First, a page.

The Dame Hilda Ross statue in Hamilton's Garden Place is finally due to have an information plaque added, seven months after the statue unveiling.
The plaque features the life dates and achievements of Dame Hilda, a copy of the 1919 Women's Parliamentary Rights Act, a list of the 10 Waikato women serving in Parliament as MPs and a NZ Herald article from 1959, reporting about 10,000 people turning up for Dame Hilda's funeral.
Former Hamilton mayor and chair of the TOTI trust, Margaret Evans, says the trust is delighted to see the interpretive board ready to be put up.
"We had so many people ringing up asking 'Who is that woman?'. People will appreciate knowing more about her."
The TOTI trust's Dame Hilda statue project took eight years to be finalised. The unveiling took place in October last year, in the presence of Dame Hilda's descendants, and dignitaries including former MPs Dame Marilyn Waring and Georgina Beyer.
Although the statue had been ready for quite a while before the ceremony, it had to be stored because of Covid-19.
Evans says: "Our main focus at that time was getting the statue erected and ready to go, so we lost sight of the information plaque."
The plaque will also include three photos of Dame Hilda.
"I love the photo of her in Parliament showing her as the sole woman alongside 16 men. The other photo of her with a hose shows her character quite well: She was a hands-on politician, she didn't sit in meetings, she went out and about," Evans says.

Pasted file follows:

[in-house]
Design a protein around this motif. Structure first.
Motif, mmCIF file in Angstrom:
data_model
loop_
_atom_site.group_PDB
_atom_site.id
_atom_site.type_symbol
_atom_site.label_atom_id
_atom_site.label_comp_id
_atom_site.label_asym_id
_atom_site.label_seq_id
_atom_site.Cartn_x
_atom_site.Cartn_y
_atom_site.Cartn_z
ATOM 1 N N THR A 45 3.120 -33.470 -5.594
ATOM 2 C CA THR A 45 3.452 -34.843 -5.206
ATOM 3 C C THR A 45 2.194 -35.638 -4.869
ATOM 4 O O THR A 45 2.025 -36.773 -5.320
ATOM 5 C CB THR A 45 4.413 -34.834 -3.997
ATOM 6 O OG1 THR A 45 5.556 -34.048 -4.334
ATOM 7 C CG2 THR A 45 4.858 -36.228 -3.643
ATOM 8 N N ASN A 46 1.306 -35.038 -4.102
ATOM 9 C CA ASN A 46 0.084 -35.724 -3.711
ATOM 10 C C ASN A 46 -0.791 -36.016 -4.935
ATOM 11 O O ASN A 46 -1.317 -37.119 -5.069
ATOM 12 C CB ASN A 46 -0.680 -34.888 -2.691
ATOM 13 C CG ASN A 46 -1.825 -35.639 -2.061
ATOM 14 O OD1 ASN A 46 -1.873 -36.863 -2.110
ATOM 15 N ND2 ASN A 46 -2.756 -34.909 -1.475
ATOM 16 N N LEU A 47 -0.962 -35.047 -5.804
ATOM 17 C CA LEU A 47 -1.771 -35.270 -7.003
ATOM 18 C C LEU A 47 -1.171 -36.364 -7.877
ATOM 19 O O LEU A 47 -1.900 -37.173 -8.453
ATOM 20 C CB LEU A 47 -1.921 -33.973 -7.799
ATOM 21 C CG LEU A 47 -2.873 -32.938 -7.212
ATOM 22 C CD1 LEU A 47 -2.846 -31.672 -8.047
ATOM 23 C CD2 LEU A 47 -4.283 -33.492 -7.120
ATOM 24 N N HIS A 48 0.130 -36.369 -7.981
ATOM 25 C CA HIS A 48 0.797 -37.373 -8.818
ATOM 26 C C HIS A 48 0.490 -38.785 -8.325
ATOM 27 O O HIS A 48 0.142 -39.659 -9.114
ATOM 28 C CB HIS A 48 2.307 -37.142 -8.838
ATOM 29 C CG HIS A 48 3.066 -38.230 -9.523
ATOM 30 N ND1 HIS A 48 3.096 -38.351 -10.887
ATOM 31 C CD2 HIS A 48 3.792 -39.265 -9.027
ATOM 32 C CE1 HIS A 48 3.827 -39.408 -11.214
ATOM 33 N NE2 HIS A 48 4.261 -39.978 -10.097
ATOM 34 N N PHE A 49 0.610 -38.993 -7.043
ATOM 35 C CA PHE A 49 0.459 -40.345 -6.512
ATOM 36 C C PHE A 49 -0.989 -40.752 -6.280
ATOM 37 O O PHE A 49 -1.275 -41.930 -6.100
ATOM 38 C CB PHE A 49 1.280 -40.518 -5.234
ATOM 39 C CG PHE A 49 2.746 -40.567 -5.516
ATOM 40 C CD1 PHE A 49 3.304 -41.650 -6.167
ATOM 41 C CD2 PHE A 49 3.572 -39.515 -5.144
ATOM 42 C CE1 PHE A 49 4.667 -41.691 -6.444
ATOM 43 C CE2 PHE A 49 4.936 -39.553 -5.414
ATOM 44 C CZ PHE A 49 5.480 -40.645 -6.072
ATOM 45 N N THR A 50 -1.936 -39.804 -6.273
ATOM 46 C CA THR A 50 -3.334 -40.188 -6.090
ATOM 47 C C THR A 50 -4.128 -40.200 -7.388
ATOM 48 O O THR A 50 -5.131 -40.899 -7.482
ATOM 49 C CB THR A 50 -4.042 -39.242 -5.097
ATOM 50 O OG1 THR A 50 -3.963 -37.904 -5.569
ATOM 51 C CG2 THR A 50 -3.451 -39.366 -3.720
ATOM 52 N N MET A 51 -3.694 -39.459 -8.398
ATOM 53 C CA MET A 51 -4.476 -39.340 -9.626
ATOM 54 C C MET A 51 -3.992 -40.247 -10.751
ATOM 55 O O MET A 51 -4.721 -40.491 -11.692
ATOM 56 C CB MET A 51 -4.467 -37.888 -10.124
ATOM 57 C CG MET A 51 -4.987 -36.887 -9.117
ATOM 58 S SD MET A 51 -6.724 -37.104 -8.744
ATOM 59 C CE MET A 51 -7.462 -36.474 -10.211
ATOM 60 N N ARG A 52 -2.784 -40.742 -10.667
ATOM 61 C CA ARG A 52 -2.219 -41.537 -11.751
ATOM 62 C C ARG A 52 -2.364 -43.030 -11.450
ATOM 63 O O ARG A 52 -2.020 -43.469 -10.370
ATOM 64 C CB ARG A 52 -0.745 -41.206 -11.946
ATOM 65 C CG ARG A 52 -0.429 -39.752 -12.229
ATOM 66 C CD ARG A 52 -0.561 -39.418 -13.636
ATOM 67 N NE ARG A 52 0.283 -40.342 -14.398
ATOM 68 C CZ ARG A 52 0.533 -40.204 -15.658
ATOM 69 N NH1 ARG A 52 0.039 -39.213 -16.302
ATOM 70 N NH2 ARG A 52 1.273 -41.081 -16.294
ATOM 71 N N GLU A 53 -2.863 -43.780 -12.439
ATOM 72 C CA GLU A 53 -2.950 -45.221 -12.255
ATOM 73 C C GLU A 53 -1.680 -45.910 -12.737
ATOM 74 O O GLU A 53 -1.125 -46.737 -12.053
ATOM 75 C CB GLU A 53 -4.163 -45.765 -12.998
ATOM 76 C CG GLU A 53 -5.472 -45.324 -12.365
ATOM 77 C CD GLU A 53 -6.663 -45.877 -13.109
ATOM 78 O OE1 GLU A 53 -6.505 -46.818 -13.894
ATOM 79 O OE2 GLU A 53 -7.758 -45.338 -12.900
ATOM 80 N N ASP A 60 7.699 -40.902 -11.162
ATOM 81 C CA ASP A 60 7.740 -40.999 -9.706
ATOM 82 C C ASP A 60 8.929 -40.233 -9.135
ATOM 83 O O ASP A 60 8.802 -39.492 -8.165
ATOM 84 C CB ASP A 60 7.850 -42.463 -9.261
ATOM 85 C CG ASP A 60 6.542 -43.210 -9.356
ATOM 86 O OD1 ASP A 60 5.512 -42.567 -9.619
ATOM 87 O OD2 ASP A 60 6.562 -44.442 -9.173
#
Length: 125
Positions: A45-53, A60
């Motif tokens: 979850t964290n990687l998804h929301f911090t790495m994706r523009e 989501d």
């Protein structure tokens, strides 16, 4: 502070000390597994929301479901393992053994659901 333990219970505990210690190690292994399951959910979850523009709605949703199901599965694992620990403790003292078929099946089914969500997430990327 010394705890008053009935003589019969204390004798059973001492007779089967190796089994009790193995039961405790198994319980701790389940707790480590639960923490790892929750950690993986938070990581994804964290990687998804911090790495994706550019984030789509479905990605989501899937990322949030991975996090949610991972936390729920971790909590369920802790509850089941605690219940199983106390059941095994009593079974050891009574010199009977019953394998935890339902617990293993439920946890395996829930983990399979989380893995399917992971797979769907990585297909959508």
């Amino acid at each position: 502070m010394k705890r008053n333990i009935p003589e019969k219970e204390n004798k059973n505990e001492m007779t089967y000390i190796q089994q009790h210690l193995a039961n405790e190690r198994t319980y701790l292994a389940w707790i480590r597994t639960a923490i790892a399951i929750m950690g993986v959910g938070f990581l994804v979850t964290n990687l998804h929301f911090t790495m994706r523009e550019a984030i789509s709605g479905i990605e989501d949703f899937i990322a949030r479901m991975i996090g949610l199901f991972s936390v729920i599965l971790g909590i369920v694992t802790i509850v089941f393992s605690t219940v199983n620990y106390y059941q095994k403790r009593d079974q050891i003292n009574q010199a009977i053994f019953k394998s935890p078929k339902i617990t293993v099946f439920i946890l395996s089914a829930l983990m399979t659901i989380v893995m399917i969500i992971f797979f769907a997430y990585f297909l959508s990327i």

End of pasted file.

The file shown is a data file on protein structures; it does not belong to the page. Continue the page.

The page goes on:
The statue, sculpted by Otaki artist Matt Gauldie, portrays Dame Hilda in Parliament, with one hand holding a copy of the 1919 Act which finally allowed women to become MPs, while the other is raised, advocating on behalf of women and children, whose welfare she considered her principal concern.
Dame Hilda Ross (1889-1959) was deputy mayor of Hamilton in 1945 and became the first Hamilton and Waikato woman to be elected as an MP the same year. Four years later she became the second woman in New Zealand to become a Cabinet minister.
She co-founded children's health camps, was well-versed in music and a hospital board member. Dame Hilda was MP for 14 years serving in Cabinet under then-Prime Minister Sidney Holland, holding ministerial portfolios such as Child Welfare, Social Security and Welfare of Women and Children.
Evans says TOTI has also received approval to change the name of Ward St East in honour of Dame Hilda.
"Although the shop owners have already been notified, the name change of Ward St between Centre Place and Victoria St was put on hold until the statue project was finalised. Now that it is and with the Innovative Streets project in Ward St West it is logical to revisit and finish the conversation about the name change soon."